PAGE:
Wednesday, March 08, 2006

Affective viscosity

Who uses it: Psychologists and behaviorists
What it means: The tendency to prolong contact with other people, and to talk repetitively and in excessive detail about a narrow range of subjects.
How you can use it: The next time you're cornered.

Did you know there was a name for this? It happens to everyone -- someone decides that they really, really need you to understand something, and isn't going to let you go until you do. Of course, it has nothing to do with your understanding; it's about their need to feel understood, which you have no control over. It's my worst nightmare -- not just being the recipient of this, but doing it to other people.

People who consistently behave this way, however, often suffer from some kind of temporal lobe disorder -- epilepsy, or a lesion, or a traumatic head injury of some kind. They might or might not be aware that they do this, and they're probably incapable of changing their behavior. Medication can help, but not always.

Years ago, I met an anthropologist who studied customs of parting. He said that Westerners are very bad at saying goodbye to each other; we're great at greetings, but we slip away from each other without acknowledging the departure. I've noticed this ever since, not least because I'm bad at goodbyes myself. For me, it's a matter of fear -- if I say goodbye, will that be the end?

And is becoming good at "goodbye" something we should aspire to?

3 comments:

Anonymous said...

Yes people should get good at goodbye.

Hear me out. Although if you saw the first line and clicked away in disgust thinking, "What a prig!" then you don't have the problem I'm mini-ranting about.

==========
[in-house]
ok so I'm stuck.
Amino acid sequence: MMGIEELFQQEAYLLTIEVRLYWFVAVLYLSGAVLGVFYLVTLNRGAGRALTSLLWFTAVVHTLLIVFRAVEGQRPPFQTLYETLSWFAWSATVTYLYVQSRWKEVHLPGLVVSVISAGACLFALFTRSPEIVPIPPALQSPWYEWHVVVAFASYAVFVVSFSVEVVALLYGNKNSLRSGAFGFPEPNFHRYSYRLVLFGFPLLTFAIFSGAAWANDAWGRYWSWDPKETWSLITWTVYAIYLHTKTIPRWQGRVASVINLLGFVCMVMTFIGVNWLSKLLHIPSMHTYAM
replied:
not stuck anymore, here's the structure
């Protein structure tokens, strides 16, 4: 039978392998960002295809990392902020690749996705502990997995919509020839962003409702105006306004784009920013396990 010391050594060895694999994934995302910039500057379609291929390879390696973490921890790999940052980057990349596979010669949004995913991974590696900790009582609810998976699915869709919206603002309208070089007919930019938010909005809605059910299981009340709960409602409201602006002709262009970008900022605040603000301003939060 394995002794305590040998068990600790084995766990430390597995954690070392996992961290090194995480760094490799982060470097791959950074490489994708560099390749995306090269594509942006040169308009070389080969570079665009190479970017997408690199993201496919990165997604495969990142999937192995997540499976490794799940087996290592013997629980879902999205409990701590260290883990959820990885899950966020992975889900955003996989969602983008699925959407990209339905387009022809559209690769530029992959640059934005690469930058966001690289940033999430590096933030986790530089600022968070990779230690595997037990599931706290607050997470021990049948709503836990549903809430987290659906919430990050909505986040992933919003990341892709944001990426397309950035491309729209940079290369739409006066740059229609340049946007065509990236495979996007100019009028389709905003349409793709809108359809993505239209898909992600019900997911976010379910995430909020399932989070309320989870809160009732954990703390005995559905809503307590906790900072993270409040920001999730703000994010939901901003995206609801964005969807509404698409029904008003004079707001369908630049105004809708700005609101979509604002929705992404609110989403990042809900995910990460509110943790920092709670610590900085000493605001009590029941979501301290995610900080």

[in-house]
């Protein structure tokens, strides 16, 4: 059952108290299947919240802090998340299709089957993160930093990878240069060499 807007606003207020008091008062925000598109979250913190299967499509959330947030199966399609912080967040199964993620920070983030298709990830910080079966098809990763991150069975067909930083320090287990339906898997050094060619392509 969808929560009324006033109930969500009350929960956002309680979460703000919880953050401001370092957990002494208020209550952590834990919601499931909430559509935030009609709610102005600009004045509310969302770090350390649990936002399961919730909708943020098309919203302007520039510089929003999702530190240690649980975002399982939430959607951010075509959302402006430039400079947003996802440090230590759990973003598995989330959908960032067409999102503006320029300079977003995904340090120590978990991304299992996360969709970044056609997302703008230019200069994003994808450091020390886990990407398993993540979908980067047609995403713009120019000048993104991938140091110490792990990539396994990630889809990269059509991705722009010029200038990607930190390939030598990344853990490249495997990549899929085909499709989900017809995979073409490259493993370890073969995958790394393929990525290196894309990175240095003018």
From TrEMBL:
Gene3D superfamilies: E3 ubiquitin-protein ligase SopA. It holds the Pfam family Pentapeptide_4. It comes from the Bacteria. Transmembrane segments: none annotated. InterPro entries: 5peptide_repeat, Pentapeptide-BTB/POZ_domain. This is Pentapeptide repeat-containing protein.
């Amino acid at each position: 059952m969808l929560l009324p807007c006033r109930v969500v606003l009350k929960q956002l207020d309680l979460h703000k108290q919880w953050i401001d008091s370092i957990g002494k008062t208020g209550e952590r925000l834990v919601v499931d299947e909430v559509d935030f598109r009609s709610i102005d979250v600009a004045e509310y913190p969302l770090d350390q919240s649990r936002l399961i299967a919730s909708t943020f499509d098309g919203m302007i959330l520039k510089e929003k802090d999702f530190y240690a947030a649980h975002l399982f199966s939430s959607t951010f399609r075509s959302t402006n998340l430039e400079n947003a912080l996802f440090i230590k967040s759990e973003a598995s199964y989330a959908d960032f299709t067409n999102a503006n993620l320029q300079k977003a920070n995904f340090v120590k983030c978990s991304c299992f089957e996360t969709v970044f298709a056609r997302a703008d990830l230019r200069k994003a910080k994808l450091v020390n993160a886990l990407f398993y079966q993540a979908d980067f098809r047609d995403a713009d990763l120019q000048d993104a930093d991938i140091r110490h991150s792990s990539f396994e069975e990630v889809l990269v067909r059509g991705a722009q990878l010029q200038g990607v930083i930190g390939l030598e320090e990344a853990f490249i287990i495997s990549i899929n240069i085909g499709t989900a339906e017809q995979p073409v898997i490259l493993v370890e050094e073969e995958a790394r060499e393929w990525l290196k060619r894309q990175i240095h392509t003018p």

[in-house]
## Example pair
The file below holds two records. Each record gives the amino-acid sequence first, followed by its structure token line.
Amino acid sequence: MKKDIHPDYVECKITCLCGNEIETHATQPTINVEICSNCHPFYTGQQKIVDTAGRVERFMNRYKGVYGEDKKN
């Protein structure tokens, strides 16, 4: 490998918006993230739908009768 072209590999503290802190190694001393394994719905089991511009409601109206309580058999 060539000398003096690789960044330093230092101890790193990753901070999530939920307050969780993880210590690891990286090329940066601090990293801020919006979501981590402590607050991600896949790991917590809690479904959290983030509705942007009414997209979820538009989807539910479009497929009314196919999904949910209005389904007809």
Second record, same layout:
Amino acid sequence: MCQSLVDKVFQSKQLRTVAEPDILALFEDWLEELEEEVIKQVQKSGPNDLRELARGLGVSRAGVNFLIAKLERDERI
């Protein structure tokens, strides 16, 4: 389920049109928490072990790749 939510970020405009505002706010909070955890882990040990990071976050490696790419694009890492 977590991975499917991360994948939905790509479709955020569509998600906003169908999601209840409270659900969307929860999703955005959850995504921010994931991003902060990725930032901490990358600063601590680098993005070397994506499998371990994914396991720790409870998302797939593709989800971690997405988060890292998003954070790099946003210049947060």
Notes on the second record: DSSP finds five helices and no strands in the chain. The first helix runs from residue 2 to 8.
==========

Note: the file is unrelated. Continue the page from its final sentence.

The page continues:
Too many people are what I call "bad leavers." They say, "Well it's time for me to go," then they float topic that turns into a whole new 20-minute conversation. I can't stand that.

If you're gonna go, go. Shake a hand, give a hug, go through whatever rituals you need to to be polite or feel like your absence will be excused -- but go already.

--Ed

AnswerGirl said...

This is a beautiful example of affective viscosity -- and it happens even more often on the phone. I've been guilty of it myself, and Mom was the worst. You'd say, "I need to run," and she'd start a new topic, and 20 minutes later, you'd get off the phone.

I miss that so much I can hardly stand it.

mernitman said...

Everything about this intrigues me.

First I was thinking that affective viscosity is, in a sense, one of the major afflictions of bloggers -- but that's too glib.

Then I read Ed's comment, which I completely agree with, and realized that this phenomenon, which I think of as "the fake goodbye," is one of those things in life that really drives me batty. (And it could inspire a blog post where the gag would be, you keep saying you're doing a very quick post and that you're done talking about something, and then you go on for another six paragraphs...)

But it also reminds me that I've become, over the years, an active student and appreciator of "the good goodbye." I always notice how some people are marvelously adept at getting out of a conversation; some possess that professional comedian's skill -- they always "leave 'em laughing." And true to form, nothing makes me happier about my own social encounters than those (fairly rare) moments when I feel like I've "gotten out well."

And then I read your comment, which actually teared me up. Isn't it strange (and quintessentially human) how sometimes those things that drive us crazy about someone become, of course, the very things we cherish when they're no longer with us? Seems to me there should be a term for that phenomenon...